If throughout the entirety of the paid time. ←? If you buy a 30 second commercial, a paid for by disclosure needs to be shown the entire time. Not just at the end – like is required now. Like a skull and crossbones on a pack of cigarettes which could be a deterrent.
If we believe in the highest law of the land, in this case it’s Citizens United, and say that free speech is money – this could, in time, easily be argued to have a chilling effect on our ability to exercise our right.
And this brings me to the final argument from the No Side
NO ON 2 – Outside Interests Are Funding the Yes Campaign
The Yes Campaign is being financed by outside groups. A lions share of the funding, a large majority, is from out of state special interests who view Alaska as a cheap date. Outside interests are trying to make us a testing ground for their experiment in democracy and Alaskans don’t get bought so easily by outsiders. It’s true, the Yes campaign is out of state money. Some Alaskans have donated but it’s not by a significant enough portion to matter. The Alaskans who’ve donated are mostly friends with the people organizing it here locally.
Around 4 million dollars has poured into the state trying to buy Alaska’s Election. This thing is as outside as it gets.
And now – a counter to that argument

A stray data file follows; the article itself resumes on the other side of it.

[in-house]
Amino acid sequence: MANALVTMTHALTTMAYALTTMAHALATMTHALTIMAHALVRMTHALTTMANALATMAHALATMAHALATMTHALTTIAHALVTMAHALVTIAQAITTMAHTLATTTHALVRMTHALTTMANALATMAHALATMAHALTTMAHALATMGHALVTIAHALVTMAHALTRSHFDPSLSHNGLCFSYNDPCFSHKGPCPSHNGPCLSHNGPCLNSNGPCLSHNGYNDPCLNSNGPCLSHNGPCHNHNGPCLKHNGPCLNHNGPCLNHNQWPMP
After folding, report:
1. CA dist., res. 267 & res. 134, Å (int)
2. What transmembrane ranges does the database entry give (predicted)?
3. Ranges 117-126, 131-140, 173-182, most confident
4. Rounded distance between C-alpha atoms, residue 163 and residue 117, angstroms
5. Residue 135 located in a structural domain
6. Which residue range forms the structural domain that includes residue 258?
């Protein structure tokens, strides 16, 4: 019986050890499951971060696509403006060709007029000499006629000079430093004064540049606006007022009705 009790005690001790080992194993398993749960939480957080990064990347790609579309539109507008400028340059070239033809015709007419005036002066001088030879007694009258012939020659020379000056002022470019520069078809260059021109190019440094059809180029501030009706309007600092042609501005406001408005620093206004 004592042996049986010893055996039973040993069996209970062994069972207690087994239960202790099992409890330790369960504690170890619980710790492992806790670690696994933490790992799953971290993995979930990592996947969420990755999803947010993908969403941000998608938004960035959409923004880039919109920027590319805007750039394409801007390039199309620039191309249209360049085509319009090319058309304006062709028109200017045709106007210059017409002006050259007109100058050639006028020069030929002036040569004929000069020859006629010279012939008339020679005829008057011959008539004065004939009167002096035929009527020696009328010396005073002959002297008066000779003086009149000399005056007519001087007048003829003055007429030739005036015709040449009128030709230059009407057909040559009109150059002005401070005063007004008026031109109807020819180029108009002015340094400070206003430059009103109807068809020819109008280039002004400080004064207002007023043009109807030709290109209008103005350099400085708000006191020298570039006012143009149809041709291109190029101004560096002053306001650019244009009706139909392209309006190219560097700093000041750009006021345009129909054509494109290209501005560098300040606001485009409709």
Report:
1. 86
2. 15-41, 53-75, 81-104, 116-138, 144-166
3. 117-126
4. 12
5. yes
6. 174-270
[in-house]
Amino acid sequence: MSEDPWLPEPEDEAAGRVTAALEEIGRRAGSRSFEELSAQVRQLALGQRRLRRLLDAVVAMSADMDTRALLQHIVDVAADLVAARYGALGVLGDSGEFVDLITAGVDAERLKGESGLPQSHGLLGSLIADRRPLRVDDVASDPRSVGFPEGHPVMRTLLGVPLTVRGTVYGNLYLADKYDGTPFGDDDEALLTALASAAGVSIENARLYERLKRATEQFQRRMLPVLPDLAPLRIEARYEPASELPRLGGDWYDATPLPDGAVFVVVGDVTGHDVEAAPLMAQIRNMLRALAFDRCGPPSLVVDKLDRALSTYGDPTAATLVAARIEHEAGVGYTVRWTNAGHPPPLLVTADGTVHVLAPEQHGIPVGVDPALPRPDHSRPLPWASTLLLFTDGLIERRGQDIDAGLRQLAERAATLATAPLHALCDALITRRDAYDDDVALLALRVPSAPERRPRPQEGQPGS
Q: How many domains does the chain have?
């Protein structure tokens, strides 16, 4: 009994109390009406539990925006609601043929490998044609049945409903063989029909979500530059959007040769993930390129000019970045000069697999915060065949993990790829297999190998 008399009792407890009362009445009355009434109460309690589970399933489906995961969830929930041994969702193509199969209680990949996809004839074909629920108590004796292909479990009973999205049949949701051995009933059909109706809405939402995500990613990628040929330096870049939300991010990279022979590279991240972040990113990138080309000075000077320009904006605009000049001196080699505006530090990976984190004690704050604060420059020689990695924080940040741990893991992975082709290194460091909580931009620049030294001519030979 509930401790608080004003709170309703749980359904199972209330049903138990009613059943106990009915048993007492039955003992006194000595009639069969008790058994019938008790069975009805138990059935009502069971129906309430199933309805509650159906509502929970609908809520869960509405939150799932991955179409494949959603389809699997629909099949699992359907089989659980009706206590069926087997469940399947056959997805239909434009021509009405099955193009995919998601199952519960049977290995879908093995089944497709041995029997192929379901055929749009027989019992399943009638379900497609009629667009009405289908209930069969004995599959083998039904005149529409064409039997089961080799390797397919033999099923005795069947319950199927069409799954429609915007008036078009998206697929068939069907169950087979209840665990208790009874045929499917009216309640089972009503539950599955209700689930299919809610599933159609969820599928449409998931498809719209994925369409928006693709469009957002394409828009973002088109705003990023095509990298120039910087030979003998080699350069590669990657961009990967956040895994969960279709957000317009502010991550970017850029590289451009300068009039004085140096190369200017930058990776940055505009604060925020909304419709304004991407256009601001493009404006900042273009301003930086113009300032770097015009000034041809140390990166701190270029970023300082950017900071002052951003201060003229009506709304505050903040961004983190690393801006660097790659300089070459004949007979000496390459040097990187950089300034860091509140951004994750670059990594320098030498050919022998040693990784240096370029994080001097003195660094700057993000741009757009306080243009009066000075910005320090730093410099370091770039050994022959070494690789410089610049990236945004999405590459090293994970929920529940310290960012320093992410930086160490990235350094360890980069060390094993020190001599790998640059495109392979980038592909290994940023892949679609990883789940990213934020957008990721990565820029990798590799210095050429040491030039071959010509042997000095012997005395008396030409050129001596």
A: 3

YES ON 2 – Yes on 2 is an Alaskan Effort
Ballot Measure 2 is chaired by, ran by, and supported by Alaskans. The money coming from outside is nice, but Alaskans have also donated to this thing. Money comes in all the time for US Senate races, in fact, it would be impossible to imagine running a modern Federal race without a majority of money coming from the outside, whether that was in the form of Super pac money or individual donations to the campaigns. In fact, a large portion of the money that came in to elect our current governor came in from out of state. The idea that this movement isn’t Alaskan because a portion of our money comes from out of state is an attempt to distract you from the issues. The truth is, our opponents are afraid to talk about anything else because they know when it comes to the arguments, theirs fall short. People are fed up for all the reasons we’ve listed, and they’re arguing that the rules aren’t fair when they serve as an example as to why we need them to be stricter. They openly flaunted their wrong doing and violated even the most basic law of disclosure and tried to pull a fast one on Alaskan voters. It’s a laughable claim to say that WE aren’t playing by the rules.
REAL WORLD IMPLICATIONS: HOW THE CAMPAIGNS WENT WRONG